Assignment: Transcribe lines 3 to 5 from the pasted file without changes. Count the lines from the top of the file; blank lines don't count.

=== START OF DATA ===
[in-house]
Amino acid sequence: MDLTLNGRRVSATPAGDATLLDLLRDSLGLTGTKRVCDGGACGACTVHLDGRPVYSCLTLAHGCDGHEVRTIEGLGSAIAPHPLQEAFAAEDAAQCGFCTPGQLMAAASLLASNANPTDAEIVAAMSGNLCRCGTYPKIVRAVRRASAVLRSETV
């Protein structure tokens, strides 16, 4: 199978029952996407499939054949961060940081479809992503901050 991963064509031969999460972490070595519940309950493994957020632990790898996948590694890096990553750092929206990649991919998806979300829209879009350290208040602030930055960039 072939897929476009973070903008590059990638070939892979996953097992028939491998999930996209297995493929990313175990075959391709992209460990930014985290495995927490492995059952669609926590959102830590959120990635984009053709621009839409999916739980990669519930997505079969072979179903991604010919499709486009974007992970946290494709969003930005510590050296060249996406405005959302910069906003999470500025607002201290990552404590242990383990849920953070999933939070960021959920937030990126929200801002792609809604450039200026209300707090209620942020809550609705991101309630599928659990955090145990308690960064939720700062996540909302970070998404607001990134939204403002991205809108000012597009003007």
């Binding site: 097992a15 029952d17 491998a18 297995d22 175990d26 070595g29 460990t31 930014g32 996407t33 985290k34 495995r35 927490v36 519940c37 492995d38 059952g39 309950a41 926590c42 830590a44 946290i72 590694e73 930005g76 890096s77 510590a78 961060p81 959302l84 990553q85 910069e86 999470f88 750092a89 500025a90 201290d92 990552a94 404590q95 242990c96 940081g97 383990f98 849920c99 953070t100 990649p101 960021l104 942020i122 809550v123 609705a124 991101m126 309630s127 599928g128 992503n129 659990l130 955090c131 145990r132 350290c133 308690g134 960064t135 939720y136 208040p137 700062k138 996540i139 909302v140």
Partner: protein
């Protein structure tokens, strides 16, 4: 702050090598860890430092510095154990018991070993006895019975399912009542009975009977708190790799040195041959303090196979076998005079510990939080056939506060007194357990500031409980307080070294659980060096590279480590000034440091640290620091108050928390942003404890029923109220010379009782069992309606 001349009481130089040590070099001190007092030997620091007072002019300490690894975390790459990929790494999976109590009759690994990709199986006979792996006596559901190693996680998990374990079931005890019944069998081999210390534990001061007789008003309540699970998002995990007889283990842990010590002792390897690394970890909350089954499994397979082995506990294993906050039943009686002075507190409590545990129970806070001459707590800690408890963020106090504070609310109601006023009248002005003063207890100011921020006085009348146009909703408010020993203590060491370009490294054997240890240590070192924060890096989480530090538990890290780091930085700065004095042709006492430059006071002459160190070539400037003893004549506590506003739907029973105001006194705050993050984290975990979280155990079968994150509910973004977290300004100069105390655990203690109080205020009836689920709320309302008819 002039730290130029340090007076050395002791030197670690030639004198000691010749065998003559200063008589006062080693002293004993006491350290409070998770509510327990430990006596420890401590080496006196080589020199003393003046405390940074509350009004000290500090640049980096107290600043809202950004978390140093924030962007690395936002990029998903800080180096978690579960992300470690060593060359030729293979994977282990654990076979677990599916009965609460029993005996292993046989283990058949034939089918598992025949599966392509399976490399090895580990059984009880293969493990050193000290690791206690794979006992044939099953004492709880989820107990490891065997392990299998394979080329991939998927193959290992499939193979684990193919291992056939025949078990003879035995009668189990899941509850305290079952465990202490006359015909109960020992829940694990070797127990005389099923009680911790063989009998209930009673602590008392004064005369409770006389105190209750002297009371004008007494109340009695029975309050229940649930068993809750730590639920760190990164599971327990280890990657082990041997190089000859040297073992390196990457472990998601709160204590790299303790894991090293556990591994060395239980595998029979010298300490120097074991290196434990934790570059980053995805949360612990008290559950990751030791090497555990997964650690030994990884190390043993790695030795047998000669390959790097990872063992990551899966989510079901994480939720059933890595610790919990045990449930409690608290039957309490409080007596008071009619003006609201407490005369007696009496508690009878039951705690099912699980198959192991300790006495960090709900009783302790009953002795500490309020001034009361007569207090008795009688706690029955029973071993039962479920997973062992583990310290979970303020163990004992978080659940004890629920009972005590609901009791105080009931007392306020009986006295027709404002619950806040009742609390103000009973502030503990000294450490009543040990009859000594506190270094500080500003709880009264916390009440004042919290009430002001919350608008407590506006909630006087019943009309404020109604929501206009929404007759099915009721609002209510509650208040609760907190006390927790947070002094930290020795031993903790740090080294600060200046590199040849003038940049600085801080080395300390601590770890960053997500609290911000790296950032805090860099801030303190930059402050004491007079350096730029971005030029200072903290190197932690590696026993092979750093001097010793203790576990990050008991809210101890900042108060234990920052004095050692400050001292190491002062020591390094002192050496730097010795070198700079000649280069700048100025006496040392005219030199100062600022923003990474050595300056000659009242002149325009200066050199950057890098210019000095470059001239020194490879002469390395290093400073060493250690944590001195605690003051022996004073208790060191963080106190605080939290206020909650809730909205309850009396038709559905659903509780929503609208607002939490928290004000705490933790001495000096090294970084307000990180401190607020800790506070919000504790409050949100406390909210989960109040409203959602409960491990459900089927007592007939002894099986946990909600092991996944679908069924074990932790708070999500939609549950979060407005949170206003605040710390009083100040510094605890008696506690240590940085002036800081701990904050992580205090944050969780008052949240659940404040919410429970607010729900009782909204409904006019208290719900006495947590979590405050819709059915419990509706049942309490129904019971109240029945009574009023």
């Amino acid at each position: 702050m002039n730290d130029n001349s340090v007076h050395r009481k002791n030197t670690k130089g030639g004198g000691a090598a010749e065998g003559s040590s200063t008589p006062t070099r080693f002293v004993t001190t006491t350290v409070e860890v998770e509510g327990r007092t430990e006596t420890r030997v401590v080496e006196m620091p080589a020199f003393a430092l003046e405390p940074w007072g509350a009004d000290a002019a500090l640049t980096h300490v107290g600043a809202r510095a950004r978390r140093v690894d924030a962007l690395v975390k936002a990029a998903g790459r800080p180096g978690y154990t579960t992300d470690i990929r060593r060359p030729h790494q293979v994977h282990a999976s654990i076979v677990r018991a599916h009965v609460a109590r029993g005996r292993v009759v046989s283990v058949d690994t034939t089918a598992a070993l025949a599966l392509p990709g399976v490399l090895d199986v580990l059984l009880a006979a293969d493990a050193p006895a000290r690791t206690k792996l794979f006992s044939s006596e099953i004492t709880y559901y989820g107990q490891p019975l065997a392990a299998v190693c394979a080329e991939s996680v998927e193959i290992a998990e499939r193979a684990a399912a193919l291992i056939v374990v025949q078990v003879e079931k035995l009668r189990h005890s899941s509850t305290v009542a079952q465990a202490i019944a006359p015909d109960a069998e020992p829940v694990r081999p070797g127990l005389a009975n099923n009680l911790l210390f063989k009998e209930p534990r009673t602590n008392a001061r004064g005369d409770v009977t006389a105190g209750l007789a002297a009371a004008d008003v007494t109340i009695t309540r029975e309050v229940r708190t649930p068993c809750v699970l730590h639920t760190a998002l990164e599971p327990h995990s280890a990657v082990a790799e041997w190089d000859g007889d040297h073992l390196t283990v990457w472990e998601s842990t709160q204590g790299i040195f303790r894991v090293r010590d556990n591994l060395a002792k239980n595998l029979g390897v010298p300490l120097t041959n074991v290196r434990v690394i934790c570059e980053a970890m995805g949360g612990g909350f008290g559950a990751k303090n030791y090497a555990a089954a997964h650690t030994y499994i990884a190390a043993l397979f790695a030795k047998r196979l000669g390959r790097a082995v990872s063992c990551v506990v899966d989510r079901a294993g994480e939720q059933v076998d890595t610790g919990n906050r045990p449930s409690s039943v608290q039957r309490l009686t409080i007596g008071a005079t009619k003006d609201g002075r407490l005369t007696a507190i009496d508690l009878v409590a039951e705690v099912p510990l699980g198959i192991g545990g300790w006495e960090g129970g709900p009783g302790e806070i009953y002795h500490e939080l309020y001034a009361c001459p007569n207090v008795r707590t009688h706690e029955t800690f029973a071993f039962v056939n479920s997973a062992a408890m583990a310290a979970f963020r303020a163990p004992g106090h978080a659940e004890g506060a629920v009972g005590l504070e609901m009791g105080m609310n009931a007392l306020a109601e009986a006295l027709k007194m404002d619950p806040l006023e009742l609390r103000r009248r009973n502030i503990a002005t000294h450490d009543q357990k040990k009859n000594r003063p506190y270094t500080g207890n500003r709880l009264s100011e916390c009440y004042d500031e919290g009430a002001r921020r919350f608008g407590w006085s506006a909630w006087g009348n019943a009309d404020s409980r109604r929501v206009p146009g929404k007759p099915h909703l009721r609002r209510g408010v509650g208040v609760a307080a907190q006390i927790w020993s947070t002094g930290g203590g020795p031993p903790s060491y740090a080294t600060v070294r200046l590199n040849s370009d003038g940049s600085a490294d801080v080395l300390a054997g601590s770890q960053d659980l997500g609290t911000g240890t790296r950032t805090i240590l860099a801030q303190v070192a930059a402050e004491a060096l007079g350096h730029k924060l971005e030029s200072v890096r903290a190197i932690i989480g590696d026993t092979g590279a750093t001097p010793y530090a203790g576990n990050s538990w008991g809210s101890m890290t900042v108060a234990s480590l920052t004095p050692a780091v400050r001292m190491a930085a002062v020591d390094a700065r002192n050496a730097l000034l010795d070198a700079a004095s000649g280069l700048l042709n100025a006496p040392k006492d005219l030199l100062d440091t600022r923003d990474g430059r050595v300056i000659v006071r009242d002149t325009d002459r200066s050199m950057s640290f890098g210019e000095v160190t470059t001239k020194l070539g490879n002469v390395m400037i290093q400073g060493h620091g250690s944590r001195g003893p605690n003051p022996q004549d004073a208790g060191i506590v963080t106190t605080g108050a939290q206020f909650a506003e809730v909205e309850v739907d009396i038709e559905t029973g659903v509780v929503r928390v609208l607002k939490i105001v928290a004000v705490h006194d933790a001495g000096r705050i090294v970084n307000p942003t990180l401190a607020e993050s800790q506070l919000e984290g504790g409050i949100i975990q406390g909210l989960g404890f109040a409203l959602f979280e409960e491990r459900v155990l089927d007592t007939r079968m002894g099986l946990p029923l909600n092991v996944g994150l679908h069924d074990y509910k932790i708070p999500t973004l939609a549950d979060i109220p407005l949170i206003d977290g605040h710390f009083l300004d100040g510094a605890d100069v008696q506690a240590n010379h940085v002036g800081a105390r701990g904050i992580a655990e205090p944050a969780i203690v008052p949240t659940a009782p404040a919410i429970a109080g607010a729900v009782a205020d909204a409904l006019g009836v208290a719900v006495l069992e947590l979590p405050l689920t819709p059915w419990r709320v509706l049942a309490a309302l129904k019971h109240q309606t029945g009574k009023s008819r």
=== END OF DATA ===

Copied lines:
């Protein structure tokens, strides 16, 4: 199978029952996407499939054949961060940081479809992503901050 991963064509031969999460972490070595519940309950493994957020632990790898996948590694890096990553750092929206990649991919998806979300829209879009350290208040602030930055960039 072939897929476009973070903008590059990638070939892979996953097992028939491998999930996209297995493929990313175990075959391709992209460990930014985290495995927490492995059952669609926590959102830590959120990635984009053709621009839409999916739980990669519930997505079969072979179903991604010919499709486009974007992970946290494709969003930005510590050296060249996406405005959302910069906003999470500025607002201290990552404590242990383990849920953070999933939070960021959920937030990126929200801002792609809604450039200026209300707090209620942020809550609705991101309630599928659990955090145990308690960064939720700062996540909302970070998404607001990134939204403002991205809108000012597009003007």
């Binding site: 097992a15 029952d17 491998a18 297995d22 175990d26 070595g29 460990t31 930014g32 996407t33 985290k34 495995r35 927490v36 519940c37 492995d38 059952g39 309950a41 926590c42 830590a44 946290i72 590694e73 930005g76 890096s77 510590a78 961060p81 959302l84 990553q85 910069e86 999470f88 750092a89 500025a90 201290d92 990552a94 404590q95 242990c96 940081g97 383990f98 849920c99 953070t100 990649p101 960021l104 942020i122 809550v123 609705a124 991101m126 309630s127 599928g128 992503n129 659990l130 955090c131 145990r132 350290c133 308690g134 960064t135 939720y136 208040p137 700062k138 996540i139 909302v140």
Partner: protein